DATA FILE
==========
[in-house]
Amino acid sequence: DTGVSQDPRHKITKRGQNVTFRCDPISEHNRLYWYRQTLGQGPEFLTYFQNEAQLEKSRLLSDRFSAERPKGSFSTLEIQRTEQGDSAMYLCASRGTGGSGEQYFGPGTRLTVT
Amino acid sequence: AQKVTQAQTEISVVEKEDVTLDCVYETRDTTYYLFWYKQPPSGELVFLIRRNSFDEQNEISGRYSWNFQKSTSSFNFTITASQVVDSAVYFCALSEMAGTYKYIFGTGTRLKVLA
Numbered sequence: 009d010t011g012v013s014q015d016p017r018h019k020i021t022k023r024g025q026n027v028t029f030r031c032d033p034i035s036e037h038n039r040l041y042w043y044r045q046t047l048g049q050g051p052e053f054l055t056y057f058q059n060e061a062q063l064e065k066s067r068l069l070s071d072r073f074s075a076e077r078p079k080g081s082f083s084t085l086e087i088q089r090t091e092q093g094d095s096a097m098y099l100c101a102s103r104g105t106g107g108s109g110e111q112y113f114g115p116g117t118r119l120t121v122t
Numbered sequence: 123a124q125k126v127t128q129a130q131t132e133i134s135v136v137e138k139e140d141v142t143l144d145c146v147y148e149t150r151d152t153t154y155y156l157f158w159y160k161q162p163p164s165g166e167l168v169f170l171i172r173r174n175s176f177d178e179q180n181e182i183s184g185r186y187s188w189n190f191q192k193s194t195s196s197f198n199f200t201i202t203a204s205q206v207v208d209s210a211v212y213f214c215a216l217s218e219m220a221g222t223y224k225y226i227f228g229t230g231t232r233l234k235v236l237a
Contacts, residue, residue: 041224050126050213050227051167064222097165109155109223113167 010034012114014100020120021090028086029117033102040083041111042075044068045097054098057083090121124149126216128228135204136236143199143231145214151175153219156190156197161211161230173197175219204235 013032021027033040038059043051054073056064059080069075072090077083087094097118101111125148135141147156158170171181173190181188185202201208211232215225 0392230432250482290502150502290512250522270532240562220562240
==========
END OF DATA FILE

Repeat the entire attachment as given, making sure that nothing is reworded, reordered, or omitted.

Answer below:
[in-house]
Amino acid sequence: DTGVSQDPRHKITKRGQNVTFRCDPISEHNRLYWYRQTLGQGPEFLTYFQNEAQLEKSRLLSDRFSAERPKGSFSTLEIQRTEQGDSAMYLCASRGTGGSGEQYFGPGTRLTVT
Amino acid sequence: AQKVTQAQTEISVVEKEDVTLDCVYETRDTTYYLFWYKQPPSGELVFLIRRNSFDEQNEISGRYSWNFQKSTSSFNFTITASQVVDSAVYFCALSEMAGTYKYIFGTGTRLKVLA
Numbered sequence: 009d010t011g012v013s014q015d016p017r018h019k020i021t022k023r024g025q026n027v028t029f030r031c032d033p034i035s036e037h038n039r040l041y042w043y044r045q046t047l048g049q050g051p052e053f054l055t056y057f058q059n060e061a062q063l064e065k066s067r068l069l070s071d072r073f074s075a076e077r078p079k080g081s082f083s084t085l086e087i088q089r090t091e092q093g094d095s096a097m098y099l100c101a102s103r104g105t106g107g108s109g110e111q112y113f114g115p116g117t118r119l120t121v122t
Numbered sequence: 123a124q125k126v127t128q129a130q131t132e133i134s135v136v137e138k139e140d141v142t143l144d145c146v147y148e149t150r151d152t153t154y155y156l157f158w159y160k161q162p163p164s165g166e167l168v169f170l171i172r173r174n175s176f177d178e179q180n181e182i183s184g185r186y187s188w189n190f191q192k193s194t195s196s197f198n199f200t201i202t203a204s205q206v207v208d209s210a211v212y213f214c215a216l217s218e219m220a221g222t223y224k225y226i227f228g229t230g231t232r233l234k235v236l237a
Contacts, residue, residue: 041224050126050213050227051167064222097165109155109223113167 010034012114014100020120021090028086029117033102040083041111042075044068045097054098057083090121124149126216128228135204136236143199143231145214151175153219156190156197161211161230173197175219204235 013032021027033040038059043051054073056064059080069075072090077083087094097118101111125148135141147156158170171181173190181188185202201208211232215225 0392230432250482290502150502290512250522270532240562220562240